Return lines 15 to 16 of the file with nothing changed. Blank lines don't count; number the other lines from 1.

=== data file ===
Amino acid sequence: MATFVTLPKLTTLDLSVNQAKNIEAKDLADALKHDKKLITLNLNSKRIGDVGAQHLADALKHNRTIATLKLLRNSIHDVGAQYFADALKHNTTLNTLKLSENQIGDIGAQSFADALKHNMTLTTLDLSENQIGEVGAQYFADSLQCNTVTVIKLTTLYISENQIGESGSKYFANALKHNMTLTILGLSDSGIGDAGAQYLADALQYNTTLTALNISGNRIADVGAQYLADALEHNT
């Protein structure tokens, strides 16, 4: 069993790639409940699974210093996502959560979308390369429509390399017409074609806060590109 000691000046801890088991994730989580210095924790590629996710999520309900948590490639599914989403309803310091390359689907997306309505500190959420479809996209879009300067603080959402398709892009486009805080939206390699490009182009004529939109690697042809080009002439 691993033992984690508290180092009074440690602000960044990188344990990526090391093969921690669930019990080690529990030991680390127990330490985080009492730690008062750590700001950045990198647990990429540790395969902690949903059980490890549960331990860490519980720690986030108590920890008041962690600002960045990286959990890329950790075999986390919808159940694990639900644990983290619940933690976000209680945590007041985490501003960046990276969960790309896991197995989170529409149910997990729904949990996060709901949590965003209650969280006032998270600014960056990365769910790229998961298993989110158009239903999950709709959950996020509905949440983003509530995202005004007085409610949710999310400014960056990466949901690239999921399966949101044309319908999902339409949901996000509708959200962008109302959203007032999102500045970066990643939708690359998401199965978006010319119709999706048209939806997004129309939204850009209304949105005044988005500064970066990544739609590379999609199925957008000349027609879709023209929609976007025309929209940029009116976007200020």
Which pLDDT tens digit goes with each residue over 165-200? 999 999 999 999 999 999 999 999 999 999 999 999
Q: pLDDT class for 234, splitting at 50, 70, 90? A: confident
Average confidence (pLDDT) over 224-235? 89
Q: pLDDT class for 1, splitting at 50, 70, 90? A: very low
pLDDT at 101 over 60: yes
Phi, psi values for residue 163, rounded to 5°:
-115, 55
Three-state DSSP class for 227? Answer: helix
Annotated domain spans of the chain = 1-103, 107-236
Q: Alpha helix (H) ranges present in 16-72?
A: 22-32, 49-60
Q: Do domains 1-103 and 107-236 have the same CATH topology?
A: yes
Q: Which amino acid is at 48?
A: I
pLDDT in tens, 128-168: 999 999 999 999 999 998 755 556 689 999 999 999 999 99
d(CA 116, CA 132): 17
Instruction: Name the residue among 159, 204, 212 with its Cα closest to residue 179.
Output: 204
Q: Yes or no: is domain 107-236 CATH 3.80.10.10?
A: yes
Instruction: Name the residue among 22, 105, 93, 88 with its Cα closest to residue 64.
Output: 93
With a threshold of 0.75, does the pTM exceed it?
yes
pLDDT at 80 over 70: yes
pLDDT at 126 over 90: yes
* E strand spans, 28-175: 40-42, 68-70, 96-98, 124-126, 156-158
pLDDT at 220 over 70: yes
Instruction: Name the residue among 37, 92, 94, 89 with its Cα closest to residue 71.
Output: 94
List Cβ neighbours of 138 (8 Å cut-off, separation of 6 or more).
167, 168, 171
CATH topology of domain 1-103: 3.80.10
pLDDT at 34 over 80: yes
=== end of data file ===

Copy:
A: yes
Q: Which amino acid is at 48?